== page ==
The Noble Guardian of the Open Meetings Act

Editor's note: According to the actual law (see below), neither the Hospital District Commissioners nor the Fire Commissioners did anything wrong. You'd think a newspaper publisher who has made it his life's work to allege Open Meetings Act violations would know more about it.

From the Revised Code of Washington (the law) RCW 42.30.070: Times and places for meetings—Emergencies—Exception. ... It shall not be a violation of the requirements of this chapter for a majority of the members of a governing body to travel together or gather for purposes other than a regular meeting or a special meeting as these terms are used in this chapter: PROVIDED, That they take no action as defined in this chapter.

From an Opinion of the Washington State Attorney General, referencing a letter from a public offical asking if it would be a violation of the Open Meetings Act if two county council members attended a third-party meeting:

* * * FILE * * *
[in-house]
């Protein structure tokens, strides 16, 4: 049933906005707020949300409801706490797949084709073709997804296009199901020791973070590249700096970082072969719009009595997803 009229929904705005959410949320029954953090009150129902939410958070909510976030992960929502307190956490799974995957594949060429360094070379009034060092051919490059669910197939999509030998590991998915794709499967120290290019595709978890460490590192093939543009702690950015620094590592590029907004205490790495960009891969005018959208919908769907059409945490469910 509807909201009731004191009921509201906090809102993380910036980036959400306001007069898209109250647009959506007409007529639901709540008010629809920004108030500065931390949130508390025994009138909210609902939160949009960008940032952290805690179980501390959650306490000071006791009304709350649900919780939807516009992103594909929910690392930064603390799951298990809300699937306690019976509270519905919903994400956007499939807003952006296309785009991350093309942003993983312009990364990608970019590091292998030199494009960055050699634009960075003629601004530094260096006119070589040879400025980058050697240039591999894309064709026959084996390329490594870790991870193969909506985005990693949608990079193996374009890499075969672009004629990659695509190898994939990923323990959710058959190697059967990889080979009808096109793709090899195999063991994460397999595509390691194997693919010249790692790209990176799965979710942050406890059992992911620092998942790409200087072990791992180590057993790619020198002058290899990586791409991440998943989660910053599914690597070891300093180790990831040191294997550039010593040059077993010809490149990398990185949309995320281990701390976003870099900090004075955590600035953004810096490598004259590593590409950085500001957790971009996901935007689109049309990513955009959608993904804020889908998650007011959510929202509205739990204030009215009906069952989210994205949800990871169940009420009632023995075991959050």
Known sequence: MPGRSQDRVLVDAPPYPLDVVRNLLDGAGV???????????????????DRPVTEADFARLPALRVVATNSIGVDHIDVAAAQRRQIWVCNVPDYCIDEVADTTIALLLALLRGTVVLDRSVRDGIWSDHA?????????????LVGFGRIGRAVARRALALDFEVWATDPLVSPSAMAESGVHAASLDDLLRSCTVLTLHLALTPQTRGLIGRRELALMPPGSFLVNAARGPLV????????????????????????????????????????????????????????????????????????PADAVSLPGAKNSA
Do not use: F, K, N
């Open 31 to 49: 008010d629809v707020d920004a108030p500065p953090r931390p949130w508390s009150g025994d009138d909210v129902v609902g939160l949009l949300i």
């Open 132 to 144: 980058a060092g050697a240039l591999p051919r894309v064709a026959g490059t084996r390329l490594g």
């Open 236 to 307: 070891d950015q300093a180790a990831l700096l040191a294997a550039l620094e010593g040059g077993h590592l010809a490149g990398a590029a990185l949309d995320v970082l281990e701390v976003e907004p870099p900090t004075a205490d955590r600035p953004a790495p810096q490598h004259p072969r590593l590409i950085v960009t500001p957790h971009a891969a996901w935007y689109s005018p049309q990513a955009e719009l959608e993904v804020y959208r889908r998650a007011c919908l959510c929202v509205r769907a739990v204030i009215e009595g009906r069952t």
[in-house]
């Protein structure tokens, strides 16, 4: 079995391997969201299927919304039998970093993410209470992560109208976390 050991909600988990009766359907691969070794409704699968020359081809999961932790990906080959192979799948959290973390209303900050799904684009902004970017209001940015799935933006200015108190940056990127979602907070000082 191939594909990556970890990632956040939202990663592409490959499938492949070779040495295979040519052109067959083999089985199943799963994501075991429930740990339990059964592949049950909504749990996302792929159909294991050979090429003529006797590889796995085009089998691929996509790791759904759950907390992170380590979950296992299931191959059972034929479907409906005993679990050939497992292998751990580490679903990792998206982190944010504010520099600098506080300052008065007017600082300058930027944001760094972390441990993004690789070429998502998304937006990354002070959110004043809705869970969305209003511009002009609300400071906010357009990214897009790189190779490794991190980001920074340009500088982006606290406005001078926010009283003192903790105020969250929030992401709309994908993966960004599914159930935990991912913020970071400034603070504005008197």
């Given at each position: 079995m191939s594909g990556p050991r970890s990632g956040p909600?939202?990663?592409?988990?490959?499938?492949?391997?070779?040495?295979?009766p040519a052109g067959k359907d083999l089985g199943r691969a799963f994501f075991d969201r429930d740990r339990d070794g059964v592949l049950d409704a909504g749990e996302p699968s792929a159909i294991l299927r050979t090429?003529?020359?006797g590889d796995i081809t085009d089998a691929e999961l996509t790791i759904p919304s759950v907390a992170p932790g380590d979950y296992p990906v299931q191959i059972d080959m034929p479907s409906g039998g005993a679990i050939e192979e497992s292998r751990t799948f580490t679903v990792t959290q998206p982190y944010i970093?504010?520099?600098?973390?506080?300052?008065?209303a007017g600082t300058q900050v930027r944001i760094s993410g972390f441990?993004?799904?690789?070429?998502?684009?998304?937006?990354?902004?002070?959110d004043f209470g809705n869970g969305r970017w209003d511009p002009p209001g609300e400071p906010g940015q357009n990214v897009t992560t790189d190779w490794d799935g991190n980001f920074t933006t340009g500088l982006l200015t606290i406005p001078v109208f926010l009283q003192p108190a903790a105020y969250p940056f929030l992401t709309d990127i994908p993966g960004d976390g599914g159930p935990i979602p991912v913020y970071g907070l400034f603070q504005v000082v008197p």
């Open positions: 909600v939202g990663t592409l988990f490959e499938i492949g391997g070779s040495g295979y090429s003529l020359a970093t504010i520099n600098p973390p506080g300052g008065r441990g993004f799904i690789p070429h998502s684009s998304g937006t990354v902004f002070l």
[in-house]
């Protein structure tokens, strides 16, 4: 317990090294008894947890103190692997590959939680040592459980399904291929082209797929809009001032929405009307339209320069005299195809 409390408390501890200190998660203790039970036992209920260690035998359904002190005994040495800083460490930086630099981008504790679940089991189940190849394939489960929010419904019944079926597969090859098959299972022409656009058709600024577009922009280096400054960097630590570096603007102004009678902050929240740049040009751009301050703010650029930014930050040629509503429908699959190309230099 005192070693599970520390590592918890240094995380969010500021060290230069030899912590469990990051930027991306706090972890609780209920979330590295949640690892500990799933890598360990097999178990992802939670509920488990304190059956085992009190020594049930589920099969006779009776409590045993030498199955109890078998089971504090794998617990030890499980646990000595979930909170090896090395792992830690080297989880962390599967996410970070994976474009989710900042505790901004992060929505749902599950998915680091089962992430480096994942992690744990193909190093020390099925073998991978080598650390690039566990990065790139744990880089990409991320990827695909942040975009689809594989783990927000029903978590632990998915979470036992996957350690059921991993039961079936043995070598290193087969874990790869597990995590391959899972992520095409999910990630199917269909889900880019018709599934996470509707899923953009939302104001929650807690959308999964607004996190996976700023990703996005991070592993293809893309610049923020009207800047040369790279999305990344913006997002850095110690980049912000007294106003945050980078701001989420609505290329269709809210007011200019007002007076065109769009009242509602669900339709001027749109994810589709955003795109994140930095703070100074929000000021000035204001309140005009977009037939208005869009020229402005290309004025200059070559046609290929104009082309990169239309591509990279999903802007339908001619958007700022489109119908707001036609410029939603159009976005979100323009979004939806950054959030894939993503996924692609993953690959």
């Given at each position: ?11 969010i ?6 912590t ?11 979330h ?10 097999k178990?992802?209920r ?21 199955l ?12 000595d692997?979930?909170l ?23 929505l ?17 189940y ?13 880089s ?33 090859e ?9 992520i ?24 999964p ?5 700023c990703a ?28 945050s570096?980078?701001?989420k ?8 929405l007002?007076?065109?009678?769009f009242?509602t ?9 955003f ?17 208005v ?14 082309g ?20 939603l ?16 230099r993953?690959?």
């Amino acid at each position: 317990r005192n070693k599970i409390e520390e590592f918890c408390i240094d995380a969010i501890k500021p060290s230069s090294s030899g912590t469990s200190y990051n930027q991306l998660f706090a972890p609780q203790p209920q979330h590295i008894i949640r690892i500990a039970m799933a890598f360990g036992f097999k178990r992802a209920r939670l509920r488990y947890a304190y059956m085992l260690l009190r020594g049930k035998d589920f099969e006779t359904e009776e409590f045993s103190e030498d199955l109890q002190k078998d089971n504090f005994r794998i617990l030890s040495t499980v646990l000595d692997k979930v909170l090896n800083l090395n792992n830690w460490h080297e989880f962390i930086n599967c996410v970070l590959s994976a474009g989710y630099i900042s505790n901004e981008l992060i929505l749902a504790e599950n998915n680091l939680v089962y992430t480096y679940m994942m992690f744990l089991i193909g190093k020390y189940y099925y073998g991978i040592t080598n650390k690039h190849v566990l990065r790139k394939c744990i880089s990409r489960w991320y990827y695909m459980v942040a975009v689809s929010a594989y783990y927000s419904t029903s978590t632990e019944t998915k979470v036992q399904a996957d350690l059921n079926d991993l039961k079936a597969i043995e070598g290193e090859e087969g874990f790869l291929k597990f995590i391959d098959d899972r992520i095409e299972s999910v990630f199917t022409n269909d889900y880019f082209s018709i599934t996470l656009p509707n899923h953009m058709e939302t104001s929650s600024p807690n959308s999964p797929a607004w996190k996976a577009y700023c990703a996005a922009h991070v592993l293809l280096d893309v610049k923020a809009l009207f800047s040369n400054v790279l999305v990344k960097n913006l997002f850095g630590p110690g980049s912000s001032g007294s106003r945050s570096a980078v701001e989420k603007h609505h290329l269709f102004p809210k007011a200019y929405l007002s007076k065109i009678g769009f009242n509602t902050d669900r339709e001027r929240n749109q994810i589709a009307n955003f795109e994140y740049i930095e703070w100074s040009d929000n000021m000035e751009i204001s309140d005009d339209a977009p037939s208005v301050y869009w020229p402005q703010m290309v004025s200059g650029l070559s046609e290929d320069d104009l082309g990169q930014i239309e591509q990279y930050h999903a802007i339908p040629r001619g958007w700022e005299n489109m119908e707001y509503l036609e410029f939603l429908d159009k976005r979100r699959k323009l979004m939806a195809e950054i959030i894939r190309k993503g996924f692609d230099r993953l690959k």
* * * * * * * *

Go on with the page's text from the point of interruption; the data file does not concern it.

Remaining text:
"The presence of a quorum of the members of a city or county council at a meeting not called by the council does not, in itself, make the meeting a 'public meeting' for purposes of the Open Public Meetings Act (RCW 42.30); the Open Public Meetings Act would apply if the council members took any 'action' (as defined in RCW 42.30) at the meeting, such as voting, deliberating together, or using the meeting as a source of public testimony for council action.

..."Your question asks whether the presence of a quorum of the governing body at a third party’s meeting by itself violates the Act, and we conclude that it does not."

Also, note that no one gives up their First Amendment rights just because they become a public official.

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